{
"jobName": "transcription-job-01",
"accountId": "140587111551",
"results": {
"transcripts": [
{
"transcript": "Hi, my name is Scott Co. As an entrepreneur. I cannot overstate how important it is these days to use video as a tool to reach your audience, your community and your customers. People connect with stories. And video allows us to be the most authentic we can be in order to tell those stories. And so if you can present in front of a camera and you have the right tools to support and amplify you, you can be unstoppable."
}
],
"items": [
{
"start_time": "0.54",
"end_time": "0.95",
"alternatives": [{ "confidence": "1.0", "content": "Hi" }],
"type": "pronunciation"
},
{
"alternatives": [{ "confidence": "0.0", "content": "," }],
"type": "punctuation"
},

...
{
"start_time": "24.46",
"end_time": "25.35",
"alternatives": [{ "confidence": "1.0", "content": "unstoppable" }],
"type": "pronunciation"
},
{
"alternatives": [{ "confidence": "0.0", "content": "." }],
"type": "punctuation"
}
]
},
"status": "COMPLETED"
}

Let's take a look at how we can process a transcription job with code instead of running Terminal commands.

Transcribing a video in Node.js with the AWS SDK for JavaScript

Amazon Web Services makes available various SDKs that you can use to access the service. We'll use the @aws-sdk/client-transcribe package which is the AWS SDK for JavaScript Transcribe Client for Node.js, Browser and React Native.

To get started, create a new Node.js project by running the following command in your chosen project folder:

$ npm init -y

Then install @aws-sdk/client-transcribe:

npm i @aws-sdk/client-transcribe

To use the SDK, you need to specify credentials that will be used to restrict the resources that can be accessed by the SDK. Credentials can be supplied in various ways:

  • Loaded from AWS Identity and Access Management (IAM) roles for Amazon EC2
  • Loaded from the shared credentials file (~/.aws/credentials)
  • Loaded from environment variables
  • Loaded from a JSON file on disk
  • Loaded from other credential-provider classes provided by the JavaScript SDK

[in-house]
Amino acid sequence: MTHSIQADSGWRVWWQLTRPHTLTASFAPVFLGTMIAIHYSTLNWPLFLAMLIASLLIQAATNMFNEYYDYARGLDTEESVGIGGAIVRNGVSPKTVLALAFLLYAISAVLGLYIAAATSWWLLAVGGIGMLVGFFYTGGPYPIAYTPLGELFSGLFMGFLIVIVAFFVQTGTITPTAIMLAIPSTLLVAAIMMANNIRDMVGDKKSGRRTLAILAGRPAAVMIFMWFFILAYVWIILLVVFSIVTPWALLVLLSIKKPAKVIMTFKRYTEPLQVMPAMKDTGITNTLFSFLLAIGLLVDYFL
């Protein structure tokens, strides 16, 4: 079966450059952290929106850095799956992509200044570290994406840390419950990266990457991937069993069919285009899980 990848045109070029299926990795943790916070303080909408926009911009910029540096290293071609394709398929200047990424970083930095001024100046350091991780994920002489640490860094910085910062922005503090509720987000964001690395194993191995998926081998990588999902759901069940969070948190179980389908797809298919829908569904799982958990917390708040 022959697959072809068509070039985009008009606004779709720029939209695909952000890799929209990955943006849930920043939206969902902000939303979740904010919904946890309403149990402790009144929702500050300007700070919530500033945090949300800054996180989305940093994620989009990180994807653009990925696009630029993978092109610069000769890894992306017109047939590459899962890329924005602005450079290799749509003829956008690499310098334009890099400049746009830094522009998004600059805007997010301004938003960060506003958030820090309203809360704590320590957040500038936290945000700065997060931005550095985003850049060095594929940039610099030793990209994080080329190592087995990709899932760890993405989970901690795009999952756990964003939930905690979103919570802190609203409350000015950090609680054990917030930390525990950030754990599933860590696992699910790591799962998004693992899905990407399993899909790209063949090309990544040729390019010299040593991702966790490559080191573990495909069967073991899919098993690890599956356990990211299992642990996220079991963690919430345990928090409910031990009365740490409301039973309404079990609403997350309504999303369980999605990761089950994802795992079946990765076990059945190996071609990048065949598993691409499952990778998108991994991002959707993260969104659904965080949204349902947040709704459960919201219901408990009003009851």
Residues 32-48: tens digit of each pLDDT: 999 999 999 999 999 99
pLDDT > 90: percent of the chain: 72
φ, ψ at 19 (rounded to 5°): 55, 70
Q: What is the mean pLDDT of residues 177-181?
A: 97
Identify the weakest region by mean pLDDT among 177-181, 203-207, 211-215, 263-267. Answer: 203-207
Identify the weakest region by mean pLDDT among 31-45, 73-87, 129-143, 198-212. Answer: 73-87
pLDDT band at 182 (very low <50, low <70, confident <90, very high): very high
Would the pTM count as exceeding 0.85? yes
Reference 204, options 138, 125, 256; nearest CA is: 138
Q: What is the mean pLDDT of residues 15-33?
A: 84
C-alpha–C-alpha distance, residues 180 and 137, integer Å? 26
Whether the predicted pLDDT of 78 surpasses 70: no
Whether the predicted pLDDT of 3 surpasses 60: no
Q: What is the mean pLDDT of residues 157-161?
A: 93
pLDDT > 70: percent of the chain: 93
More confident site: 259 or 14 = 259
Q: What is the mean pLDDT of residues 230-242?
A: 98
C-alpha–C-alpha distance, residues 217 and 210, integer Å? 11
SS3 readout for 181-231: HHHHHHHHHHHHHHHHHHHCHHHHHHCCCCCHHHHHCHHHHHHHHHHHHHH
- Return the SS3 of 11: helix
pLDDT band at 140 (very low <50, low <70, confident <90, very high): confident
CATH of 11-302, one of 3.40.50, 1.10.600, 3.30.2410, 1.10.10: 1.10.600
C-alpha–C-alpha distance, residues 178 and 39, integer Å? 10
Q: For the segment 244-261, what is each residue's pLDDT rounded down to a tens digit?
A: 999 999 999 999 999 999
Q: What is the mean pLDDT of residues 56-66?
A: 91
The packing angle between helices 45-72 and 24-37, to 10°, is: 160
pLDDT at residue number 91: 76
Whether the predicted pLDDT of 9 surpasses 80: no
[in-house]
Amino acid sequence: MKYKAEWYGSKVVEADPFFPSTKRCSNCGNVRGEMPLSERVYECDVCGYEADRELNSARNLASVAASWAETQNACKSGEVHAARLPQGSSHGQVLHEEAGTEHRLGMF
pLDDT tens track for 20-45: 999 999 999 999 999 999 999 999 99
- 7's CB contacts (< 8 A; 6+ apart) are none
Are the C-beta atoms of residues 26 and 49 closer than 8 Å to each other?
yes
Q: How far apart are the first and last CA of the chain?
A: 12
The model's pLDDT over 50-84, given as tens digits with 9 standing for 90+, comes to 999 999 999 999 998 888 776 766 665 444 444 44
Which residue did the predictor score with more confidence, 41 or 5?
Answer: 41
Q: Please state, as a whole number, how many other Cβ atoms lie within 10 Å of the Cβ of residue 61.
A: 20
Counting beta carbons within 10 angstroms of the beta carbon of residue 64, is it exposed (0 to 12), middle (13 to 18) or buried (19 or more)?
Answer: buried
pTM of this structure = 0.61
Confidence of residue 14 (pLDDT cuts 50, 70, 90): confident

If you have used the AWS CLI before and set up credentials with the tool, you will have a ~/.aws/credentials (C:\Users\USER_NAME\.aws\credentials on Windows) file on your computer that will be used by the SDK. Since we had set up the CLI in the last section, we already have this file, so we'll use this option. If you prefer supplying credentials differently, check the documentation for instructions.

Next, create a file in the root of your project folder labelled index.js and add the following:

// Import the required AWS SDK clients and commands for Node.js
const {
TranscribeClient,
StartTranscriptionJobCommand,
GetTranscriptionJobCommand,
} = require("@aws-sdk/client-transcribe");
// Set the AWS Region
const REGION = "us-east-2";

// Set the parameters
const params = {
TranscriptionJobName: "transcription-job-02",
LanguageCode: "en-US",
MediaFormat: "mp4",
Media: {
MediaFileUri:
"https://my-bucket.s3.us-east-2.amazonaws.com/scott-ko.mp4",
},
};

// Create an Amazon Transcribe service client object
const client = new TranscribeClient({ region: "us-east-2" });

const startTranscription = async () => {
try {
const data = await client.send(new StartTranscriptionJobCommand(params));
console.log("Success - StartTranscriptionJobCommand", data);
getTranscriptionDetails();
} catch (err) {
console.log("Error", err);
}
};

const getTranscriptionDetails = async () => {
try {
const data = await client.send(new GetTranscriptionJobCommand(params));
const status = data.TranscriptionJob.TranscriptionJobStatus;
if (status === "COMPLETED") {
console.log("URL:", data.TranscriptionJob.Transcript.TranscriptFileUri);
} else if (status === "FAILED") {
console.log("Failed:", data.TranscriptionJob.FailureReason);
} else {
console.log("In Progress...");
getTranscriptionDetails();
}
} catch (err) {
console.log("Error", err);
}
};

startTranscription();

Run the file with:

$ node index.js

We set some parameters for a transcription job and provide values for TranscriptionJobName, LanguageCode, MediaFormat and Media, which are the minimum requirements you need to provide for a job. Check the documentation for more options you can set.

We create an Amazon Transcribe service client object and start the transcription job by using the GetTranscriptionJobCommand command. After starting a job, we call the getTranscriptionDetails() function which uses the GetTranscriptionJobCommand command to get the details of a particular job. For simplicity, we pass it the params object that we had created, but it only needs an object with the TranscriptionJobName field, so {TranscriptionJobName: "transcription-job-02 } would have done just fine.

getTranscriptionDetails() keeps checking for the status of the job, and while the status is QUEUED or IN_PROGRESS, it will call itself to check the status again. It will keep looping through this cycle until the status turns to COMPLETED or FAILED. If the job completes successfully, it will log the value of Transcript.TranscriptFileUri to you console, which links to an asrOutput.json file that has the complete transcription of the job.

Using your AWS transcription

You now have an AWS transcription file with the whole transcription of your video. To convert this JSON specification to the industry standard SRT subtitles format which are able to be used by all most media players we will need to convert this file.

To learn how to do this take a look at the second part of this guide; Convert AWS Transcriptions to SRT Subtitles.

Jeff Shillitto

BY JOYCE ECHESSA
24th May, 2021